Divorce, write, publish, sell
Eat Pray Love is arguably the most famous of all the post-divorce memoirs, but Elizabeth Gilbert's book-turned-movie runaway success has plenty of company in these tomes.
Maybe you were inspired by Elizabeth Gilbert’s post-divorce mission to find herself (and, incidentally, a hot new boyfriend) in Eat, Pray, Love, her 2006 memoir chronicling her “search for everything across Italy, India and Indonesia.” Maybe it turned you into a spiteful, hungry atheist. Doesn’t matter: Not only did her book sell millions of copies, but its film adaptation opened last Friday starring none other than Julia Roberts.
Why do we want to know, and why do they want to tell? We hit up other divorce memoir writers — there were, maybe not surprisingly, plenty to choose from — for answers.
It’s good for a couple of laughs
For Sascha Rothchild, finding the humor in her divorce helped her and also led to her book, How to Get Divorced by 30. Universal scooped up the film rights and she’s happy to show the more light-hearted side of what plenty of couples go through: “You don’t have to go find yourself in Italy,” she says. “In the ’40s and ’50s, there were all these fantastic, funny divorce movies: His Girl Friday, The Awful Truth. It’s weird — now it has to be this sad, horrible thing.”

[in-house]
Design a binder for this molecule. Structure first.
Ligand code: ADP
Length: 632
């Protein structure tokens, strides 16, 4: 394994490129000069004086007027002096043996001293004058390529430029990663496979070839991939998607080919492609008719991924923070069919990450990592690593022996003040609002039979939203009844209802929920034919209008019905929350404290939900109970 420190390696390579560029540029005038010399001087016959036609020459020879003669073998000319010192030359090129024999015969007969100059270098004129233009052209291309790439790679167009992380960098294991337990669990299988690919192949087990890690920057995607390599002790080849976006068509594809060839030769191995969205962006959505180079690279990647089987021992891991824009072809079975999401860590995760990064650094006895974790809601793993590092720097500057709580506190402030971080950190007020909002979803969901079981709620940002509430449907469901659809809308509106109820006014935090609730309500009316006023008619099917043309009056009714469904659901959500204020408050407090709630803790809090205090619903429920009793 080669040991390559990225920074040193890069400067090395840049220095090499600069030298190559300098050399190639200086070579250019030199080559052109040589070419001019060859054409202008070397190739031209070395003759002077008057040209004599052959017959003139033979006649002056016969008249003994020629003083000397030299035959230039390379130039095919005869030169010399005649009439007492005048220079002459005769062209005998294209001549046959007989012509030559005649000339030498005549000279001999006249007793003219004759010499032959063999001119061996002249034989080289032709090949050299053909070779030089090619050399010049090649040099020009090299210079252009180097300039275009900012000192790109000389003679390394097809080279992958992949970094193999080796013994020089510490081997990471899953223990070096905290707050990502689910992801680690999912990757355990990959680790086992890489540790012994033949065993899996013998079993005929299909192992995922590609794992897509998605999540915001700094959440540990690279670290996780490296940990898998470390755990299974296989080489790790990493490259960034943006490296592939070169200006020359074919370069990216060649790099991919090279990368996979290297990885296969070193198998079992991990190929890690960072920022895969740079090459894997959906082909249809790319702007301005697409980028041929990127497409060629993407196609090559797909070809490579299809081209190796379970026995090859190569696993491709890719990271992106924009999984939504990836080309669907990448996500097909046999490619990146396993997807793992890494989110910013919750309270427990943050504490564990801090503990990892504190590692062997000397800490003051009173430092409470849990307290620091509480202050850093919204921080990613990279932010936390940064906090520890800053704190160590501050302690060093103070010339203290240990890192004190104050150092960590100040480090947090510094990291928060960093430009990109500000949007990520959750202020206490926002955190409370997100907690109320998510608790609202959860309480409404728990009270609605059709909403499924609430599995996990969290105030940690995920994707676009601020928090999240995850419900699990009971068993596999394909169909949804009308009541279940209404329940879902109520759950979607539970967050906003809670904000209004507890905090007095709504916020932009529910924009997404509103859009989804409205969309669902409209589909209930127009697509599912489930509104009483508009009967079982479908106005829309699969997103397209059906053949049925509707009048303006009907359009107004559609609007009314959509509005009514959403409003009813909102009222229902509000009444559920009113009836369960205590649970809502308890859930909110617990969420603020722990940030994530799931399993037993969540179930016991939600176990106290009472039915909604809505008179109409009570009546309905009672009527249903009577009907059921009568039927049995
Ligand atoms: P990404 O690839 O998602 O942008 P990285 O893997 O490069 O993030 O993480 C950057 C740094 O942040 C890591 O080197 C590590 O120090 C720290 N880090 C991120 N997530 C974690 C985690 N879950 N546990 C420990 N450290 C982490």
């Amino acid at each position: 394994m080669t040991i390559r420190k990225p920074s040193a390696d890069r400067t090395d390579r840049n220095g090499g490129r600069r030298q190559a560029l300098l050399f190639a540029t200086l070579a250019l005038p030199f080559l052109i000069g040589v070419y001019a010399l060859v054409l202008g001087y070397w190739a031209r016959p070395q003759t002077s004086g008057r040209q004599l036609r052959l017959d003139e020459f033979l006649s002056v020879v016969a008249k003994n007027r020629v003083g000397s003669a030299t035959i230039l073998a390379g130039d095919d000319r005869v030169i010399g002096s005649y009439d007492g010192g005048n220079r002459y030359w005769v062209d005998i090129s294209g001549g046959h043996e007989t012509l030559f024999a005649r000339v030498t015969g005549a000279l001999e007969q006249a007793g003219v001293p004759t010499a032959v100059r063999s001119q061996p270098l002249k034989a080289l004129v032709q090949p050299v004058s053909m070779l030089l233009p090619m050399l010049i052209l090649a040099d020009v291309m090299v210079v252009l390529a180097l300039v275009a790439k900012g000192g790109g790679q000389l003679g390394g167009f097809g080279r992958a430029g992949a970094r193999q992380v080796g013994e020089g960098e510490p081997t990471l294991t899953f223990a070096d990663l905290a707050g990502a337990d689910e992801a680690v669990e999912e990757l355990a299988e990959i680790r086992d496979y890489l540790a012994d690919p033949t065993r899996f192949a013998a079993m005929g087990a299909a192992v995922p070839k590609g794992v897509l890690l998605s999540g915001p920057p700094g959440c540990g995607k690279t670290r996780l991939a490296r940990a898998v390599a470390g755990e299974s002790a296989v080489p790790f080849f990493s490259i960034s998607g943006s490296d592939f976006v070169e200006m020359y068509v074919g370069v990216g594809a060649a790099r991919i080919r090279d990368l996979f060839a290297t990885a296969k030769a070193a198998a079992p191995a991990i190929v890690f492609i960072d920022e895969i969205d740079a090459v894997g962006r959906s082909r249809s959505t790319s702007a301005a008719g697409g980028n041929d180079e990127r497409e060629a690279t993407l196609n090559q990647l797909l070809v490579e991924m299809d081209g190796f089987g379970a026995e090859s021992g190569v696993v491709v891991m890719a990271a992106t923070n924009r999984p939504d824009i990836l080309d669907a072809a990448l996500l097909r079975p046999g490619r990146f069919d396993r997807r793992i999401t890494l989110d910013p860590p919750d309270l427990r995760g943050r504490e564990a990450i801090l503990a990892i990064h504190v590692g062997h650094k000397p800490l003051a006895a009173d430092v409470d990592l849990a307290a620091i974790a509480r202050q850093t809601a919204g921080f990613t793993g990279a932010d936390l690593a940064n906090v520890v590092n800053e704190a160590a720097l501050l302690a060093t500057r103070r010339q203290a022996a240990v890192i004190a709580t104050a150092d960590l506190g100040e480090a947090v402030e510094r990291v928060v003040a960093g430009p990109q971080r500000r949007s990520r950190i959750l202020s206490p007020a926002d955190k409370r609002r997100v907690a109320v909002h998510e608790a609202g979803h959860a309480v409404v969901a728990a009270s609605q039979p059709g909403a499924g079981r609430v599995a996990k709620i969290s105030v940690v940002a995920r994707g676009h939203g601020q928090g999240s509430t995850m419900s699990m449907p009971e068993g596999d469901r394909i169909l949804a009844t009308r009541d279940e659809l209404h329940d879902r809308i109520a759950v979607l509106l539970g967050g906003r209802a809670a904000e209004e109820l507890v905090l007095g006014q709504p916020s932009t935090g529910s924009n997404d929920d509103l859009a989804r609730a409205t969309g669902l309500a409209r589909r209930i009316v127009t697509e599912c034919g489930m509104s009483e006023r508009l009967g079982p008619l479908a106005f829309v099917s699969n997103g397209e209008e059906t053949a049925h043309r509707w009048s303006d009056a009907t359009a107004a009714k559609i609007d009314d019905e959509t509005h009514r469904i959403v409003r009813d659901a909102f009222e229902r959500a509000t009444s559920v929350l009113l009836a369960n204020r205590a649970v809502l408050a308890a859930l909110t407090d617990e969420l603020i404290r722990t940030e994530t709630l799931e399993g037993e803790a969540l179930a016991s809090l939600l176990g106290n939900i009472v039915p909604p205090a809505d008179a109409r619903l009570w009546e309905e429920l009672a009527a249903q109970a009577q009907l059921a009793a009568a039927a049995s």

Most people need practical advice
Although Jessica Bram calls Gilbert an “amazing writer,” it didn’t resonate with her experience as a mother of three who had long been out of the dating pool and work. Her book, Happily Ever After Divorce: Notes of a Joyful Journey speaks to those who don’t have a year to go on vacation. “Most people have more things to worry about,”?she says. “This is the book I wish I had when I was going through my divorce.”
Every story is different
Stacy Morrison decided to write Falling Apart in One Piece after being surrounded by women at cocktail parties who were curious about her divorce — and it wasn’t exactly a simple story to tell. “The goal was to say ‘Here’s what it looks like,’” she says. “I think it’s funny, and more than a little f—ed up, that we always think there’s a rat bastard.”